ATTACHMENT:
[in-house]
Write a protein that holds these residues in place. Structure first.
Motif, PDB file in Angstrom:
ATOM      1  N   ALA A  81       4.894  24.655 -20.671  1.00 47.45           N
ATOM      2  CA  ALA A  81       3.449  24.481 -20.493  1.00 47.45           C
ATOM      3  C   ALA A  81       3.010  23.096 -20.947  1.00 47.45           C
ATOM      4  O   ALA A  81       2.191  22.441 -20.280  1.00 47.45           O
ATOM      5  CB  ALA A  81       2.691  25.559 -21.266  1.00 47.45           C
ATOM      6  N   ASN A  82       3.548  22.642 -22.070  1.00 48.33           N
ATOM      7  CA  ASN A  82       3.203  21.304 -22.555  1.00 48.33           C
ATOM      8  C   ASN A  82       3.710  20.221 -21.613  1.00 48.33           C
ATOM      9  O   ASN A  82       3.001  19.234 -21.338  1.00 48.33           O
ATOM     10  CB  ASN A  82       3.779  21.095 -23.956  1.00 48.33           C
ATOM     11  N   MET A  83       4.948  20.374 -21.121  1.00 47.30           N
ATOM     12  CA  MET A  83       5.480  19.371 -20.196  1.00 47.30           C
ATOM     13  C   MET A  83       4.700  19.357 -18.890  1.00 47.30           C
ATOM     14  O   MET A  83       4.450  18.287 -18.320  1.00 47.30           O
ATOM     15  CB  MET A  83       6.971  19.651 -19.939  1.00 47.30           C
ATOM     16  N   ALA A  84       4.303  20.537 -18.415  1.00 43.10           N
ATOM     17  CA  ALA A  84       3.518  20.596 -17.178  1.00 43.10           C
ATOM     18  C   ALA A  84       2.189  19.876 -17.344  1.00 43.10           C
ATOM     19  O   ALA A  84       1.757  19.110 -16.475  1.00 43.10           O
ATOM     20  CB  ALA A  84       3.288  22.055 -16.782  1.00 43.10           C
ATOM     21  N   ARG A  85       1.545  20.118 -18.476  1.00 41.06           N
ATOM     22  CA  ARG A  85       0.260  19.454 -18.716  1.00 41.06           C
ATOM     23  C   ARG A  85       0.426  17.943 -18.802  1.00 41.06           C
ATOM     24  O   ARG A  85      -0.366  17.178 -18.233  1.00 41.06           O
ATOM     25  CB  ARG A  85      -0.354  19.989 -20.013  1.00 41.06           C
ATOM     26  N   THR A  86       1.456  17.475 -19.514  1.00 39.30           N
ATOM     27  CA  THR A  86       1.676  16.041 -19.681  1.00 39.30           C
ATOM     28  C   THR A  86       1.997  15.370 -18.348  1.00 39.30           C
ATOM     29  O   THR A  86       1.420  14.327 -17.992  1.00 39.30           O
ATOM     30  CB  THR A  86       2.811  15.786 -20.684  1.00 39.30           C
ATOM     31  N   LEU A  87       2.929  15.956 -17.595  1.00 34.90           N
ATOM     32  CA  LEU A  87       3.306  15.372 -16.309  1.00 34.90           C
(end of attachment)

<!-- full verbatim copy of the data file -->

[in-house]
Write a protein that holds these residues in place. Structure first.
Motif, PDB file in Angstrom:
ATOM      1  N   ALA A  81       4.894  24.655 -20.671  1.00 47.45           N
ATOM      2  CA  ALA A  81       3.449  24.481 -20.493  1.00 47.45           C
ATOM      3  C   ALA A  81       3.010  23.096 -20.947  1.00 47.45           C
ATOM      4  O   ALA A  81       2.191  22.441 -20.280  1.00 47.45           O
ATOM      5  CB  ALA A  81       2.691  25.559 -21.266  1.00 47.45           C
ATOM      6  N   ASN A  82       3.548  22.642 -22.070  1.00 48.33           N
ATOM      7  CA  ASN A  82       3.203  21.304 -22.555  1.00 48.33           C
ATOM      8  C   ASN A  82       3.710  20.221 -21.613  1.00 48.33           C
ATOM      9  O   ASN A  82       3.001  19.234 -21.338  1.00 48.33           O
ATOM     10  CB  ASN A  82       3.779  21.095 -23.956  1.00 48.33           C
ATOM     11  N   MET A  83       4.948  20.374 -21.121  1.00 47.30           N
ATOM     12  CA  MET A  83       5.480  19.371 -20.196  1.00 47.30           C
ATOM     13  C   MET A  83       4.700  19.357 -18.890  1.00 47.30           C
ATOM     14  O   MET A  83       4.450  18.287 -18.320  1.00 47.30           O
ATOM     15  CB  MET A  83       6.971  19.651 -19.939  1.00 47.30           C
ATOM     16  N   ALA A  84       4.303  20.537 -18.415  1.00 43.10           N
ATOM     17  CA  ALA A  84       3.518  20.596 -17.178  1.00 43.10           C
ATOM     18  C   ALA A  84       2.189  19.876 -17.344  1.00 43.10           C
ATOM     19  O   ALA A  84       1.757  19.110 -16.475  1.00 43.10           O
ATOM     20  CB  ALA A  84       3.288  22.055 -16.782  1.00 43.10           C
ATOM     21  N   ARG A  85       1.545  20.118 -18.476  1.00 41.06           N
ATOM     22  CA  ARG A  85       0.260  19.454 -18.716  1.00 41.06           C
ATOM     23  C   ARG A  85       0.426  17.943 -18.802  1.00 41.06           C
ATOM     24  O   ARG A  85      -0.366  17.178 -18.233  1.00 41.06           O
ATOM     25  CB  ARG A  85      -0.354  19.989 -20.013  1.00 41.06           C
ATOM     26  N   THR A  86       1.456  17.475 -19.514  1.00 39.30           N
ATOM     27  CA  THR A  86       1.676  16.041 -19.681  1.00 39.30           C
ATOM     28  C   THR A  86       1.997  15.370 -18.348  1.00 39.30           C
ATOM     29  O   THR A  86       1.420  14.327 -17.992  1.00 39.30           O
ATOM     30  CB  THR A  86       2.811  15.786 -20.684  1.00 39.30           C
ATOM     31  N   LEU A  87       2.929  15.956 -17.595  1.00 34.90           N
ATOM     32  CA  LEU A  87       3.306  15.372 -16.309  1.00 34.90           C